Debra J. Saunders

Democrats blame Republicans for not supporting the pay-go rule, but Republicans, like Rep. Dan Lungren, R-Calif., see pay-go as a mechanism to force through tax increases, without reducing spending. In the two failed House AMT bills, Democrats didn't try to pay for the AMT reform with cuts. Instead, they chose to raise taxes on hedge fund managers. Lungren noted, "They were arguing that we needed to raise taxes in order to stop a tax increase."

All Washington knows that the AMT was designed to make sure millionaires pay some taxes; it would not apply to today's middle class if it had been indexed to inflation in 1969. Lungren said he can't support a tax increase to stop a tax increase that never should have happened.

What about Democrats who argue that hedge fund managers should not pay higher taxes? Lungren answered, "You've got to talk to Sen. [Chuck] Schumer [D-N.Y.] about that. He discovered most of those hedge fund managers happen to be Democrats." Schumer opposed the two failed House AMT bills because, he argued, it was wrong to pay for AMT reform on the back of one industry. Considering that only five Democrats voted against the bill, Schumer did not face a hard sell.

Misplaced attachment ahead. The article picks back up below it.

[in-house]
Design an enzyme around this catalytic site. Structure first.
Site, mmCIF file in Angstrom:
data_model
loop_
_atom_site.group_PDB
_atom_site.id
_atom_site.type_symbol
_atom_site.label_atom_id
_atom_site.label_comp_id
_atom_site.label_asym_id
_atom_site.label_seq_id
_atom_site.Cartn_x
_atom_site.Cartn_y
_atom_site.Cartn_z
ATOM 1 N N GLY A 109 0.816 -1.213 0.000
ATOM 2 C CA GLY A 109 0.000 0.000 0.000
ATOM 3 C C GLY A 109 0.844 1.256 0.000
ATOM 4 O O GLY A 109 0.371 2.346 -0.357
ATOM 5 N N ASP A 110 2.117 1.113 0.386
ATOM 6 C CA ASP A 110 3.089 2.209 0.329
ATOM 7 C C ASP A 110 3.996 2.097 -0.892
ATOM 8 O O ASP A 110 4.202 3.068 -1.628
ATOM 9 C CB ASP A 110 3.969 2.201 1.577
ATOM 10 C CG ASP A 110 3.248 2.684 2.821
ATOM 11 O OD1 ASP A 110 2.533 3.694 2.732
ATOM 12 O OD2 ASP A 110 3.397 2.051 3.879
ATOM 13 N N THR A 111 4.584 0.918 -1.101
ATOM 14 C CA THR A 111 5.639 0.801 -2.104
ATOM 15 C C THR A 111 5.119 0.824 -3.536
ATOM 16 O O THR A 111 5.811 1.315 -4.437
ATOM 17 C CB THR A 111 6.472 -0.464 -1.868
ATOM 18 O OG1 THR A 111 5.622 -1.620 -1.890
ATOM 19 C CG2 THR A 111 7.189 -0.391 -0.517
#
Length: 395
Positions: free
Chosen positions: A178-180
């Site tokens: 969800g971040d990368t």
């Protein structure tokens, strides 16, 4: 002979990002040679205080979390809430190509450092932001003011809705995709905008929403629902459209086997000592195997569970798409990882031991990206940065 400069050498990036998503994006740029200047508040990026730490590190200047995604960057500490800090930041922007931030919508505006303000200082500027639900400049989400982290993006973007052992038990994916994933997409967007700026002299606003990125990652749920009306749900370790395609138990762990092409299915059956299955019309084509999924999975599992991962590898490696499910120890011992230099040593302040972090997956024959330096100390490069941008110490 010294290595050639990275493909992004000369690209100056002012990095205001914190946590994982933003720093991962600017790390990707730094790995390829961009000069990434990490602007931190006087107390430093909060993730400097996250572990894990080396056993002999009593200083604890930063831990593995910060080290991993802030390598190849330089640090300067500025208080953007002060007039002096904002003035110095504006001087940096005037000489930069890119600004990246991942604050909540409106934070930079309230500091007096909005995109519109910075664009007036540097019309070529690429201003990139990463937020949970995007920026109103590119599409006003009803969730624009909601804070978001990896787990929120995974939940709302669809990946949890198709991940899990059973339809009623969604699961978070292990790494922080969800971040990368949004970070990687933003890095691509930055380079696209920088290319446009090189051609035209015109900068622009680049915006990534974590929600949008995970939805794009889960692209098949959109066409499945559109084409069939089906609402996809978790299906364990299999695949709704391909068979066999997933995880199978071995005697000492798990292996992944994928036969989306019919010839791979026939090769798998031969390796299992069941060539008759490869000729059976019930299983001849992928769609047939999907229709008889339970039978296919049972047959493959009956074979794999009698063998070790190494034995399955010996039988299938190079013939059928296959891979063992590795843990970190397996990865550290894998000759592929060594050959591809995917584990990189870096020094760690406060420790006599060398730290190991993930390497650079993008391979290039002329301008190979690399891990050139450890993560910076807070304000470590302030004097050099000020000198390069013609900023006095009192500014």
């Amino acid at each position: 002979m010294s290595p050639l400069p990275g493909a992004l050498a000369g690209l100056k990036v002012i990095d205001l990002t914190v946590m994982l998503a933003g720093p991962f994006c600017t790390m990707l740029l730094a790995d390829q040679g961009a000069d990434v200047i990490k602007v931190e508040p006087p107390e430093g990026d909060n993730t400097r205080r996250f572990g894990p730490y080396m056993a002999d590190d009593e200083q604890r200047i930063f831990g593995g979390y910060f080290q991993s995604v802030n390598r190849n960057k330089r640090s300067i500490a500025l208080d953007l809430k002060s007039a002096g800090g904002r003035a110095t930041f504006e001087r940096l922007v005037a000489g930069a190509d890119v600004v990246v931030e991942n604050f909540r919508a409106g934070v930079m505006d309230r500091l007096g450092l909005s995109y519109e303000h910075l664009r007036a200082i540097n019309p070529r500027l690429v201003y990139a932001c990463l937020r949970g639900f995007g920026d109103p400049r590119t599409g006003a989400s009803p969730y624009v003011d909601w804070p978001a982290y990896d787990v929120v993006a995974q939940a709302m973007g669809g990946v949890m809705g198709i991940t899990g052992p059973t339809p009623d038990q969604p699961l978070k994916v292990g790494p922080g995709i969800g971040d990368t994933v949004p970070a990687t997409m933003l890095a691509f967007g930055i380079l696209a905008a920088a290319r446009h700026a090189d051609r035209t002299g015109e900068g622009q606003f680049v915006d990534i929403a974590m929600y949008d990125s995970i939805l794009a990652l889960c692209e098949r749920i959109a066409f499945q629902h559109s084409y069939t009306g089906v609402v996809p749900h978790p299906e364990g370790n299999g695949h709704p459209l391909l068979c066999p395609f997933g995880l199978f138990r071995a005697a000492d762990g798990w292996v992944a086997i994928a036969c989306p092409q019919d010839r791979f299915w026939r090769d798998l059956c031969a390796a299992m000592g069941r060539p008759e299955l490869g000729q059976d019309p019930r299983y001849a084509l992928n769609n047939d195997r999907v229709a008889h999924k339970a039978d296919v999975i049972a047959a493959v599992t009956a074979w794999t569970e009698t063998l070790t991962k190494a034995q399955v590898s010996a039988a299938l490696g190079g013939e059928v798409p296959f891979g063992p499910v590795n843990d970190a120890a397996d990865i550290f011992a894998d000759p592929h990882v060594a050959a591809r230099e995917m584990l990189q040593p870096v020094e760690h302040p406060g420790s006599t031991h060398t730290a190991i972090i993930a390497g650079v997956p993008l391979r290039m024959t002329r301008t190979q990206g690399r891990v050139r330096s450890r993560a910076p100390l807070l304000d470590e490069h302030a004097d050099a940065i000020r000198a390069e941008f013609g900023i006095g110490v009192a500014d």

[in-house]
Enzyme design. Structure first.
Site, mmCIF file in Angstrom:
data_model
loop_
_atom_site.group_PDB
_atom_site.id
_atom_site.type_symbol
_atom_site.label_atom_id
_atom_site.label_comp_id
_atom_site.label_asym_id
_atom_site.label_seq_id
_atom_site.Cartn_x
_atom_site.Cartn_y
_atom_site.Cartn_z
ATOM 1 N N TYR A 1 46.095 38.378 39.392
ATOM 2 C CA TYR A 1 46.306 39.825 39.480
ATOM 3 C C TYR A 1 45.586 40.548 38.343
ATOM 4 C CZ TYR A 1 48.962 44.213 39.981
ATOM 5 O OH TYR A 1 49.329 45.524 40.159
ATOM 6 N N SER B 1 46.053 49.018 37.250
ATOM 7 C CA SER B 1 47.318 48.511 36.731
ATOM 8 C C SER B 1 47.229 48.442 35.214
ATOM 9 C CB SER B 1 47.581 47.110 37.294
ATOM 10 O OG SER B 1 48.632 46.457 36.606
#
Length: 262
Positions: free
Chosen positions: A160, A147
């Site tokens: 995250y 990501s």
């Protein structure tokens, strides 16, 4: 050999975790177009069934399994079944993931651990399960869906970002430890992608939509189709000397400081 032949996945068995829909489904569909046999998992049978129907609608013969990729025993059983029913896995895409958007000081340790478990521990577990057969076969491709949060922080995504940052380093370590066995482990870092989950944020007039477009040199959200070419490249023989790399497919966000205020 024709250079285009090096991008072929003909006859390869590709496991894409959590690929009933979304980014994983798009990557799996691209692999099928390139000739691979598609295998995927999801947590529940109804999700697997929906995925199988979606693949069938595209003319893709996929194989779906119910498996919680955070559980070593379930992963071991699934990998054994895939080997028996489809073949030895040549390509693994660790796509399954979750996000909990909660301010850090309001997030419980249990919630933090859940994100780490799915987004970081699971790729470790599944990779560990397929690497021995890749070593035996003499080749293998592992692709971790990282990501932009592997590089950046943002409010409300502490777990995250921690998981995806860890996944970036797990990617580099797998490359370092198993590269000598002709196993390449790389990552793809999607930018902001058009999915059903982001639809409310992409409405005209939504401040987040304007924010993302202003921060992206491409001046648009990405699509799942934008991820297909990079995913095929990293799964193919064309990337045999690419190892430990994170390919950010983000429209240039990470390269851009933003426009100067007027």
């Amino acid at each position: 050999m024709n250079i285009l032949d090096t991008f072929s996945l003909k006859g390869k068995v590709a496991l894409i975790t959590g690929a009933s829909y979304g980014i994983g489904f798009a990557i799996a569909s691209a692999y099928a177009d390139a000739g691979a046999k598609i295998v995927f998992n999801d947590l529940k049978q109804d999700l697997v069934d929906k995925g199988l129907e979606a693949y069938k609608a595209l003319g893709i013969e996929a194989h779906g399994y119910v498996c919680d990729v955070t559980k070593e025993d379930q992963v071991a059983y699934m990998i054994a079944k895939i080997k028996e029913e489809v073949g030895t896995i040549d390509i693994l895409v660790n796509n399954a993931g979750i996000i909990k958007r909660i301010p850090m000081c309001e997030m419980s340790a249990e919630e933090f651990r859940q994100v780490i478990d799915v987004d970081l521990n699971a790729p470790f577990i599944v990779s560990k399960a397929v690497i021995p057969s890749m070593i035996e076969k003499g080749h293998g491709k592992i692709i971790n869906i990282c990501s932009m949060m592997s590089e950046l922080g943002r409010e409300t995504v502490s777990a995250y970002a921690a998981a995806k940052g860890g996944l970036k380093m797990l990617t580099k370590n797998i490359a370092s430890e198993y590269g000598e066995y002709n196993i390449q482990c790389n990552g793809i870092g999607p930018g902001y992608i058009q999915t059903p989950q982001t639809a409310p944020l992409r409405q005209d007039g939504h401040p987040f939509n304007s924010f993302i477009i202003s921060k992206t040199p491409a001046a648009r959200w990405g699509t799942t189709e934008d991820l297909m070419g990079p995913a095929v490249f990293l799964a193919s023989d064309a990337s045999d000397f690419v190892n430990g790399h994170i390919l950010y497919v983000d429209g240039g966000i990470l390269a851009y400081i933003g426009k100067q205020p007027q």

National Taxpayers Union spokesman Pete Sepp gave pay-go credit for curbing some spending, but noted that it can't tackle the worst problems because it doesn't address entitlement programs like Medicare. "I'm not knocking it completely, but there are lots of factors other than pay-go that have to fit into the equation of fiscal responsibility."

The Republicans have this going for them: As Lungren told me, folks in his district complain that the size of the federal government is too big; they don't complain that they're paying too little in taxes.

Then again, the GOP didn't cut spending when it led Congress.

As for Democrats, their idea of responsibility is to propose tax increases, albeit new taxes which, they purr, only other people -- smokers, hedge fund managers -- will have to pay. For them, it's a big game of pass the new program, hide the tax increase needed to pay for it, pass some budget gimmicks and let the entitlements roll. In one year, despite the use of budgeting gimmicks to keep it afloat, pay-go became a no-go.

Debra J. Saunders

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